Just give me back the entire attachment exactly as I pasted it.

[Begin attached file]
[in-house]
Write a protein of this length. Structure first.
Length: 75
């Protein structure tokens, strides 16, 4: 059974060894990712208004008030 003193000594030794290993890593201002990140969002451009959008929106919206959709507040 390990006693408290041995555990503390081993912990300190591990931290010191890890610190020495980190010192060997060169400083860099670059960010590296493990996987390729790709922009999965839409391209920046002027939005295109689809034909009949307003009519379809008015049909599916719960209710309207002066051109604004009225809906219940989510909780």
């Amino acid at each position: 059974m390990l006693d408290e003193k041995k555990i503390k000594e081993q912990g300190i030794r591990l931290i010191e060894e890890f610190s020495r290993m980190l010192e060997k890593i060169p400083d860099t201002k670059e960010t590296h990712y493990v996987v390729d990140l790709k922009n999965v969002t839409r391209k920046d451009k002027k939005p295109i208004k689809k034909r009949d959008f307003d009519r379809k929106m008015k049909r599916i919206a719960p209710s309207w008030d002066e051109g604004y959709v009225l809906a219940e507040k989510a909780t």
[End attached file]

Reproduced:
[in-house]
Write a protein of this length. Structure first.
Length: 75
């Protein structure tokens, strides 16, 4: 059974060894990712208004008030 003193000594030794290993890593201002990140969002451009959008929106919206959709507040 390990006693408290041995555990503390081993912990300190591990931290010191890890610190020495980190010192060997060169400083860099670059960010590296493990996987390729790709922009999965839409391209920046002027939005295109689809034909009949307003009519379809008015049909599916719960209710309207002066051109604004009225809906219940989510909780």
């Amino acid at each position: 059974m390990l006693d408290e003193k041995k555990i503390k000594e081993q912990g300190i030794r591990l931290i010191e060894e890890f610190s020495r290993m980190l010192e060997k890593i060169p400083d860099t201002k670059e960010t590296h990712y493990v996987v390729d990140l790709k922009n999965v969002t839409r391209k920046d451009k002027k939005p295109i208004k689809k034909r009949d959008f307003d009519r379809k929106m008015k049909r599916i919206a719960p209710s309207w008030d002066e051109g604004y959709v009225l809906a219940e507040k989510a909780t």